The Deep End is a piecemeal Judge Dredd collection, promoted on the basis of the two part title story being a sequel to the 2012 Dredd movie, but it could equally be canonical back story featuring a young psychic Cassandra Anderson.

Alec Worley’s script focuses on the insecurities and self-doubts she has, now on her second case, involving drug-dealing gang members and a seeming demonic possession, that a matter Worley toys with. Anyone familiar with the highlights of Dredd’s world will recognise what he’s getting at, but it’s carried out in a manner that doesn’t impact if you’re unaware. If her self-realisation is too rapid and convenient, Worley drags the tension out well beforehand. Artist Paul Davidson’s vision is more connected with the Dredd movie, convincingly portraying a society not too far removed from ours rather than the established comic version of Mega-City One.

Worley and Davidson are also responsible for the following ‘Judgement Call’, which again can be seen as following the movie version of Anderson’s character or be taken as canon. This is an absorbing character study, following Anderson in action and stripping back who she is and her wider concerns, with her career in the balance.

Dredd doesn’t appear in either story, but earns his title credit via participation in the collection’s longest piece. ‘Dust’ touches on so many matters endemic to Dredd’s world that at times is comes across as a very effective pastiche, stitching together the familiar, but it’s better than that. Arthur Wyatt follows the tried and trusted pattern of mysterious murders in a time of crisis leading to something far more menacing and taking Dredd and colleagues out of their comfort zone. The title is derived from the periodic dust storms that endanger Mega-City One, sweeping in from the Cursed Earth and enveloping everyone with no concern for right and wrong. This dust, however, appears to have been controlled somehow.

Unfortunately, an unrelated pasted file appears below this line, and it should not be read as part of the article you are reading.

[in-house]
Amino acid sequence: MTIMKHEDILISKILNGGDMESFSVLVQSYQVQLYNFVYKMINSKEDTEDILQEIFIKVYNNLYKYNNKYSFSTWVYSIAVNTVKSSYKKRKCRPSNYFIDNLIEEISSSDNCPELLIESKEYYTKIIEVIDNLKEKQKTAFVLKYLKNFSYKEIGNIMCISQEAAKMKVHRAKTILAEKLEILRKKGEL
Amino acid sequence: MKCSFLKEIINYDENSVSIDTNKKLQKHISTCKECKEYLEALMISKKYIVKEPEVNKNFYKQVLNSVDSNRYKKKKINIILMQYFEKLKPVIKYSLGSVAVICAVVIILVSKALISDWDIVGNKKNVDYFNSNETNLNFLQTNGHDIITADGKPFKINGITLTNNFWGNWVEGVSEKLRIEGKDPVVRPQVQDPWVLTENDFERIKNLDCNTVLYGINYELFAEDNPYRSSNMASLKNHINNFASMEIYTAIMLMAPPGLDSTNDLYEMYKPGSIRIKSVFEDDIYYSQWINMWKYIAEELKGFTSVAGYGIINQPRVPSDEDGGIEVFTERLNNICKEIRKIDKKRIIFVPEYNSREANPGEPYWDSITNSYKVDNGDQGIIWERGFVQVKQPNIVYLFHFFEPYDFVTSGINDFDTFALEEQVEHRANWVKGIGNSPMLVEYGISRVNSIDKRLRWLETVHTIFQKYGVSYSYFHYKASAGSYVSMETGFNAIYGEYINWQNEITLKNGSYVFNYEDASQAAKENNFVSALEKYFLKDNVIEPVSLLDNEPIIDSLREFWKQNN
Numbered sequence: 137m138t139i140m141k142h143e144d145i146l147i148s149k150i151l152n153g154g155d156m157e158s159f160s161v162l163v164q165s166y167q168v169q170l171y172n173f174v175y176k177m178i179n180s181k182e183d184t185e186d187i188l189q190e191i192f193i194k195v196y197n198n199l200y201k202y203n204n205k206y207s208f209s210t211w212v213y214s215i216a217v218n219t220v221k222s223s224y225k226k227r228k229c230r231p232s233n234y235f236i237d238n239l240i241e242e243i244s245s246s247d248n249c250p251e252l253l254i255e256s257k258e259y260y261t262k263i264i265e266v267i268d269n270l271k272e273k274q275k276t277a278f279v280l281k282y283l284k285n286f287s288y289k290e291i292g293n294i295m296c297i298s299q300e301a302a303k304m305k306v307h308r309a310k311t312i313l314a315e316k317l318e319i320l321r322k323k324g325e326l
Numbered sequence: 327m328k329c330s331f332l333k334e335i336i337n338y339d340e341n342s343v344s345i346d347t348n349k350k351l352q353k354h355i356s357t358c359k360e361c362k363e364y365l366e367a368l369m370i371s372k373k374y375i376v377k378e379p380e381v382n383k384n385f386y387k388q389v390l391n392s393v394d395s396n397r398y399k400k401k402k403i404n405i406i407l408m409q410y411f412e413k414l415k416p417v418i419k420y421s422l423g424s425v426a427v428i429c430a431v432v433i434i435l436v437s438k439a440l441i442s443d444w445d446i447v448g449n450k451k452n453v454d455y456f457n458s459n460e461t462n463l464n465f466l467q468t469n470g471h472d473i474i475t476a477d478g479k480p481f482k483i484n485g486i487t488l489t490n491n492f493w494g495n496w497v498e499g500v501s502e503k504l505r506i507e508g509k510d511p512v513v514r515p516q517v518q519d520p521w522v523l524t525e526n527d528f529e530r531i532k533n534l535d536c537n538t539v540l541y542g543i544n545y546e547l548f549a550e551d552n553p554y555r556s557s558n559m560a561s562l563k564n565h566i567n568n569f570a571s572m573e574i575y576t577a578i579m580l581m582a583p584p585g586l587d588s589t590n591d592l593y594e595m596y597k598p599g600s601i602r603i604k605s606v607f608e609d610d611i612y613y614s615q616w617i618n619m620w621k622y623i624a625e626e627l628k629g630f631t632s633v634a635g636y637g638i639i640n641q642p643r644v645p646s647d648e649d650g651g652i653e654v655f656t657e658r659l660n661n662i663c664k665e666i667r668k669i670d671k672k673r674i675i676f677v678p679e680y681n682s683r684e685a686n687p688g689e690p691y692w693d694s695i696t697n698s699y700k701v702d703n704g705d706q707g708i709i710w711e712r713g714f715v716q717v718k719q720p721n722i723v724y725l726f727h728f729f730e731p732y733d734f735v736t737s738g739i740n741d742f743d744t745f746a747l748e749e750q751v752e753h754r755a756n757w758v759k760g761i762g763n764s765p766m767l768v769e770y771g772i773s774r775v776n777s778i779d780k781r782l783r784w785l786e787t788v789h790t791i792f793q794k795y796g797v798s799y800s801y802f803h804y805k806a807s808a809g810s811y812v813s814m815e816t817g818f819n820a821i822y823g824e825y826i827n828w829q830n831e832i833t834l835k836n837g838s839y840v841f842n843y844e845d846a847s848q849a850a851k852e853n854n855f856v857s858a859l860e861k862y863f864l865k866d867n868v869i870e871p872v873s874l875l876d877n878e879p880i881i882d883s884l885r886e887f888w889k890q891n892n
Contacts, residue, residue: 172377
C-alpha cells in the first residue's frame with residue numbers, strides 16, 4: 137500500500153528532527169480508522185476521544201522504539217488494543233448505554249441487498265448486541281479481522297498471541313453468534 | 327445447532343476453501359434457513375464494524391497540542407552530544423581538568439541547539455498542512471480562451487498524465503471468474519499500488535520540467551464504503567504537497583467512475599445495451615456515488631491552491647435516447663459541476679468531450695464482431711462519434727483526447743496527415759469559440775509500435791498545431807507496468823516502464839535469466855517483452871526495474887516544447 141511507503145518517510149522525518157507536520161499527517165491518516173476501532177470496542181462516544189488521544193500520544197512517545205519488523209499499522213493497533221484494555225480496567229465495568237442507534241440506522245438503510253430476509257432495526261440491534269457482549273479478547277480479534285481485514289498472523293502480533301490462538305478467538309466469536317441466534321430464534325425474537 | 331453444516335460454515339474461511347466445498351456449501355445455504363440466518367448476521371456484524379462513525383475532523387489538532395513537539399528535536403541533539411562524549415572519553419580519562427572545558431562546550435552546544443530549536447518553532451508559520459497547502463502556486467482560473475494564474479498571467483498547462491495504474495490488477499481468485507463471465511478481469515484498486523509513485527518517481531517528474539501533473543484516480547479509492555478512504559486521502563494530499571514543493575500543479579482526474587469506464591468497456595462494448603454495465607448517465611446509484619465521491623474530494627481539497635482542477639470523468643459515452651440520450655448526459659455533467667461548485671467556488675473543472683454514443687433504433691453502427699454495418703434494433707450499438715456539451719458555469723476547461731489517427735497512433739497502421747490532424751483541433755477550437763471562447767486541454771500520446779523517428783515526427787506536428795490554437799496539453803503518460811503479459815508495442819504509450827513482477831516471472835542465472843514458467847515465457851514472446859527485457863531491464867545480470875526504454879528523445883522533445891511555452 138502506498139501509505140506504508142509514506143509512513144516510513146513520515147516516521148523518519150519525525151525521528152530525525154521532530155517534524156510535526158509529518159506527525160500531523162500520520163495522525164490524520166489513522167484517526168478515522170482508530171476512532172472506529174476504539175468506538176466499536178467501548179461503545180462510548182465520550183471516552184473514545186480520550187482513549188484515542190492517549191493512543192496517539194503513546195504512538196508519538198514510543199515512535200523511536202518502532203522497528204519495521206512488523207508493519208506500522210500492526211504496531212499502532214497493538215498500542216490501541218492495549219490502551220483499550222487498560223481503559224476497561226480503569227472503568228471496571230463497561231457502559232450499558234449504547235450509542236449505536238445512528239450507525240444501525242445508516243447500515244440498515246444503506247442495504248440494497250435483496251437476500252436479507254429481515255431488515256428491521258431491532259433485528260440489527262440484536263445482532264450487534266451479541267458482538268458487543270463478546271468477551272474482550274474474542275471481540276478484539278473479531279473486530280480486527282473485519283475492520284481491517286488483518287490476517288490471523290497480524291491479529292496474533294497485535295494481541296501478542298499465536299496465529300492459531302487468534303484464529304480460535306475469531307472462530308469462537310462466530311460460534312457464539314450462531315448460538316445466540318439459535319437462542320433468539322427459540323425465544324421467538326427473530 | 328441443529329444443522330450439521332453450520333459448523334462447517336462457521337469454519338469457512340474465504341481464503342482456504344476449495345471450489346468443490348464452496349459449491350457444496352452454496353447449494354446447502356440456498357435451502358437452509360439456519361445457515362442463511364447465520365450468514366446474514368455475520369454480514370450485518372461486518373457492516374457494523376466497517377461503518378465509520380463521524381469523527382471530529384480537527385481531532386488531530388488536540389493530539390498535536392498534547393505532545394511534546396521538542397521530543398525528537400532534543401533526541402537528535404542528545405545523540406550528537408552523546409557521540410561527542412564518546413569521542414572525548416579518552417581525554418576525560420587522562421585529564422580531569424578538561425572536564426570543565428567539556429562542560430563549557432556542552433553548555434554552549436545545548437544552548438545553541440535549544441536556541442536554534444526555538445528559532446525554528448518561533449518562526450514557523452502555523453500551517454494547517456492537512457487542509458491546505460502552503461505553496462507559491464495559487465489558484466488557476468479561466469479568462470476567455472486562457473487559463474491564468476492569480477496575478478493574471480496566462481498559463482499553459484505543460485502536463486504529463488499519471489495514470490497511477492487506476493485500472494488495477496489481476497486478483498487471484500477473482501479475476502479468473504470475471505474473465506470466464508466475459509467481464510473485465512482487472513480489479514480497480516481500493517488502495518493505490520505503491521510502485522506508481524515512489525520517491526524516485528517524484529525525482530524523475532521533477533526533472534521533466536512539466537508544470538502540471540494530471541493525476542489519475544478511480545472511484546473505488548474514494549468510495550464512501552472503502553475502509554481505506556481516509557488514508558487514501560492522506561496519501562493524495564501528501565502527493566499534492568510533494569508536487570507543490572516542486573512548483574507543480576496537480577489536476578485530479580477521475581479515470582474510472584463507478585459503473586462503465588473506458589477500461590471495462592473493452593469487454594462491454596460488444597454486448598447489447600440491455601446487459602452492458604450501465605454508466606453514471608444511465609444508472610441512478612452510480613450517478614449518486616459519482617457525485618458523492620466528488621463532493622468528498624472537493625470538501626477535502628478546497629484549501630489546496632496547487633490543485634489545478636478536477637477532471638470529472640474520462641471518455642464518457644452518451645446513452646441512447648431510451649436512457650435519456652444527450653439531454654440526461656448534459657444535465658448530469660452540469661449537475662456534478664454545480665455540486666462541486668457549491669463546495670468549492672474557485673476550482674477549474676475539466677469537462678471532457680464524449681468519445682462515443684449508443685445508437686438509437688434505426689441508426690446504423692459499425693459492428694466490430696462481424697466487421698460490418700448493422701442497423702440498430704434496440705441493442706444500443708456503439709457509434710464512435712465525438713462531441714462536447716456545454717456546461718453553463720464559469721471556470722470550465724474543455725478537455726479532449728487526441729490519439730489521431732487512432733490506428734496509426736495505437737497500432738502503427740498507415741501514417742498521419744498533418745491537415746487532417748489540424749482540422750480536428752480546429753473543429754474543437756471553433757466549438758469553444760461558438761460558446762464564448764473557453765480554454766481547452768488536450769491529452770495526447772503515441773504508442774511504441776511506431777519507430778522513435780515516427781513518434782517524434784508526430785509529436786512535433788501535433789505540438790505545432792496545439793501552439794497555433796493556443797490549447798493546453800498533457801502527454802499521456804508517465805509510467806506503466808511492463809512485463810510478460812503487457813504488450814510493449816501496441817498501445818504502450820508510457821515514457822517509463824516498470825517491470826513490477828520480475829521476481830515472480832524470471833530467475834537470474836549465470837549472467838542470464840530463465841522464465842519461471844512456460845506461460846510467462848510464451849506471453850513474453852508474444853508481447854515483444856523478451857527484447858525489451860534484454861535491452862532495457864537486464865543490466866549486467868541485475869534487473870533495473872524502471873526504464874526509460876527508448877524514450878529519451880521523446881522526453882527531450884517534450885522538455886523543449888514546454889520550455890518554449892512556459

The idea of illustrating many pages of dust might not appeal to every artist, but Ben Willsher takes it in his stride, and his skill efficiently conveys a threat that isn’t going to be stopped by firearms. The dust isn’t the only threat to the judges, and Willsher’s illustrations of industrial complexity provide a good backdrop to the later stages. Wyatt’s tale is one of greed, bigotry and violence, but that’s well concealed at the start, as the judges have to piece together connections as they figure out why certain people are being targeted. Wyatt’s not always convincing with some clunky dialogue, yet also capable of decent Dredd epigrams such as “The law is the law. That doesn’t stop at the city boundaries”. When his foe is eventually revealed it’s someone constructed for the long haul, a viable menace who could be used again with some consideration. Their Achilles Heel is too random, a method of ending the story rather than a process of logical thought, but that’s only over the final panels of what’s otherwise a page-turning thriller.

Combining Dredd and Anderson in this fashion without them every crossing paths makes for a strange collection, but ignore that and The Deep End presents three tales of judges all worth reading. Dredd’s movie world closes off in Final Judgement.